Creating an environment that supports desired behaviors. Having a list of results and behaviors is not enough for leaders to influence those they lead. Systems and processes must be in place to hold leaders accountable for using and further developing their expertise in the identified actions. Senior leaders are responsible for setting the stage so that all employees understand the phrase, “this is how things are done around here,” which includes ensuring that the systems, processes and procedures are supporting and positively reinforcing desired behaviors. This includes things like hiring, firing, promotion, recognition or bonus systems, work processes and procedures on the macro side of the organization, and ensuring there is daily coaching throughout all levels of the organization on the micro side. Having a coaching strategy in place helps others self-manage and deliver positive reinforcement when it is earned.    

Developing Say/Do correspondence. Employees are very aware if there is a connection between what leaders say and what leaders actually do. In many organizations, there is a vast difference between the two. For example, leaders may say that, “safety is first” but then do things like: cut needed staffing, delay or deny projects that require capital expenditures, and promote leaders who continue to produce while sacrificing safety. Although “say/do” sounds like an easy task, it requires daily actions and decision-making aligned with the recommendations listed above. When senior leaders purposely align what they say and do, others throughout the organization will do the same. This is called the Modeling Effect. Developing say/do correspondence will also help build trust throughout the organization because employees will see and believe the connection between leaders’ talk and their actions. 

Being a leader requires more than a title and an expectation that people will do what you say just because you are in a position of power. Leadership requires motivating people in a common direction, showing them a compelling scoreboard and clarifying how to play the game. Leadership involves creating an environment that supports the organization’s MVV and helps workers at all levels find success. Leadership calls for sharing credit for success and taking responsibility for failure. You can see all of these things in the success (or lack thereof) of a leader’s followers. The above strategies will help you improve your leadership skills and inspire the best from others.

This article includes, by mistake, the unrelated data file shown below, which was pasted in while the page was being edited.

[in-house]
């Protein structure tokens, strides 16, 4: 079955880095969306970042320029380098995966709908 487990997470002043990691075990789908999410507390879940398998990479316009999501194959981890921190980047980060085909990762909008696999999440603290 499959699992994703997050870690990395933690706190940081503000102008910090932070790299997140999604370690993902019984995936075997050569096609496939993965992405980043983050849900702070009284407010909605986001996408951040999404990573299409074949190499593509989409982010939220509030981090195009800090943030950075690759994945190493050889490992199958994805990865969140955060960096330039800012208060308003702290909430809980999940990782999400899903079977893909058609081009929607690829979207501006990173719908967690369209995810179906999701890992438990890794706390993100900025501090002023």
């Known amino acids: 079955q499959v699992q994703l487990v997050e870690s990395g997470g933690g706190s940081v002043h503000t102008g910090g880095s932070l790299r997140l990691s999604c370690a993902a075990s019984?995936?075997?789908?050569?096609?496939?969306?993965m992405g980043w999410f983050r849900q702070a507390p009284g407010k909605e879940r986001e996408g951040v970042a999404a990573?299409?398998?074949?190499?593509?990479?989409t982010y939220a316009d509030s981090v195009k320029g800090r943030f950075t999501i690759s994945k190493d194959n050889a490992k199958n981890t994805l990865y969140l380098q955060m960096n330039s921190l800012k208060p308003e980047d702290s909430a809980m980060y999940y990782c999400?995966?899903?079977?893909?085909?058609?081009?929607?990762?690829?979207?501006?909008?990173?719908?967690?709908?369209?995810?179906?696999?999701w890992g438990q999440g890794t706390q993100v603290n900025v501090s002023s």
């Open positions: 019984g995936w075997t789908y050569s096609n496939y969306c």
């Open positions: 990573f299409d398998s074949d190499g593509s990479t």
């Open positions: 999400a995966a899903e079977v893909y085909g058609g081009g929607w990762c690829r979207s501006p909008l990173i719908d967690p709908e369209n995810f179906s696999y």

Posted by Bryan Shelton

Bryan applies his knowledge and expertise in strategic planning to help organizations align employee performance with company goals. Bryan helps clients create improvement across a variety of business metrics including company growth, profitability, customer service, vision alignment, leadership development, and culture change. He also helps clients implement process improvement initiatives, improve sales results and using performance-pay systems to help drive company results. His behavior-based approaches and applications have supported clients’ improvement initiatives, leadership development, and the design and implementation of performance pay systems.